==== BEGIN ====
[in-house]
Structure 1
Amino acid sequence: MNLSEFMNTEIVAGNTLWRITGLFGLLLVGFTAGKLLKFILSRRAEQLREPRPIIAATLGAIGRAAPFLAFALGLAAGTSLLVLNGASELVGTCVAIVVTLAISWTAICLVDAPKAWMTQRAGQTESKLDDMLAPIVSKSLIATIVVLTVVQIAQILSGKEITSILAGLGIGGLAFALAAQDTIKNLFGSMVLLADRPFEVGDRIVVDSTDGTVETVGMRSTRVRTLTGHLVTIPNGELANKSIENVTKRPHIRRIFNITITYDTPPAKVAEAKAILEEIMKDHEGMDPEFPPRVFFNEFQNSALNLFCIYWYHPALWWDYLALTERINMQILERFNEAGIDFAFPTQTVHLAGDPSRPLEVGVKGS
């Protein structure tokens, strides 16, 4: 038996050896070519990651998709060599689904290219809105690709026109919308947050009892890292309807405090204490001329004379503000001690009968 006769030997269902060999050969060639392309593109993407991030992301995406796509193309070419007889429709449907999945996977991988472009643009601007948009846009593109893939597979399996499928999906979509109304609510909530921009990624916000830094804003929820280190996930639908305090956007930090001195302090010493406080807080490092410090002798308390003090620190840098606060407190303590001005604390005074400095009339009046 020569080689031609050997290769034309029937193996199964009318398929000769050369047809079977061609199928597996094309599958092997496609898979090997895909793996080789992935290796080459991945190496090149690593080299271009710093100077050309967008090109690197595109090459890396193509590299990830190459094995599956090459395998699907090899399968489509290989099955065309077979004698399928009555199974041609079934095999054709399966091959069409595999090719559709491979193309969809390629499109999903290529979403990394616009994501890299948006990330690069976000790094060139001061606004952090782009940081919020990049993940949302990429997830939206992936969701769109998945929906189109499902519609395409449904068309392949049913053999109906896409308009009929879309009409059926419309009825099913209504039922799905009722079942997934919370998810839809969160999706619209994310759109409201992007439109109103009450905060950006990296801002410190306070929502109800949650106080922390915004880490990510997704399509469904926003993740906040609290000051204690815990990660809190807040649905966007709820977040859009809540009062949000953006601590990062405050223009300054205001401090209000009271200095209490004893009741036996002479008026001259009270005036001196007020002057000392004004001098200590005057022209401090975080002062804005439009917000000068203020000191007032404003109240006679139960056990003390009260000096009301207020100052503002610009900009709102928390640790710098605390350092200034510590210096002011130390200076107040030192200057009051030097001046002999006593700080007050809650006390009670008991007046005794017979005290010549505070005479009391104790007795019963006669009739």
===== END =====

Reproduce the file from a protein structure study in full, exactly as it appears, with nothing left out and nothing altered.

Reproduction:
[in-house]
Structure 1
Amino acid sequence: MNLSEFMNTEIVAGNTLWRITGLFGLLLVGFTAGKLLKFILSRRAEQLREPRPIIAATLGAIGRAAPFLAFALGLAAGTSLLVLNGASELVGTCVAIVVTLAISWTAICLVDAPKAWMTQRAGQTESKLDDMLAPIVSKSLIATIVVLTVVQIAQILSGKEITSILAGLGIGGLAFALAAQDTIKNLFGSMVLLADRPFEVGDRIVVDSTDGTVETVGMRSTRVRTLTGHLVTIPNGELANKSIENVTKRPHIRRIFNITITYDTPPAKVAEAKAILEEIMKDHEGMDPEFPPRVFFNEFQNSALNLFCIYWYHPALWWDYLALTERINMQILERFNEAGIDFAFPTQTVHLAGDPSRPLEVGVKGS
């Protein structure tokens, strides 16, 4: 038996050896070519990651998709060599689904290219809105690709026109919308947050009892890292309807405090204490001329004379503000001690009968 006769030997269902060999050969060639392309593109993407991030992301995406796509193309070419007889429709449907999945996977991988472009643009601007948009846009593109893939597979399996499928999906979509109304609510909530921009990624916000830094804003929820280190996930639908305090956007930090001195302090010493406080807080490092410090002798308390003090620190840098606060407190303590001005604390005074400095009339009046 020569080689031609050997290769034309029937193996199964009318398929000769050369047809079977061609199928597996094309599958092997496609898979090997895909793996080789992935290796080459991945190496090149690593080299271009710093100077050309967008090109690197595109090459890396193509590299990830190459094995599956090459395998699907090899399968489509290989099955065309077979004698399928009555199974041609079934095999054709399966091959069409595999090719559709491979193309969809390629499109999903290529979403990394616009994501890299948006990330690069976000790094060139001061606004952090782009940081919020990049993940949302990429997830939206992936969701769109998945929906189109499902519609395409449904068309392949049913053999109906896409308009009929879309009409059926419309009825099913209504039922799905009722079942997934919370998810839809969160999706619209994310759109409201992007439109109103009450905060950006990296801002410190306070929502109800949650106080922390915004880490990510997704399509469904926003993740906040609290000051204690815990990660809190807040649905966007709820977040859009809540009062949000953006601590990062405050223009300054205001401090209000009271200095209490004893009741036996002479008026001259009270005036001196007020002057000392004004001098200590005057022209401090975080002062804005439009917000000068203020000191007032404003109240006679139960056990003390009260000096009301207020100052503002610009900009709102928390640790710098605390350092200034510590210096002011130390200076107040030192200057009051030097001046002999006593700080007050809650006390009670008991007046005794017979005290010549505070005479009391104790007795019963006669009739």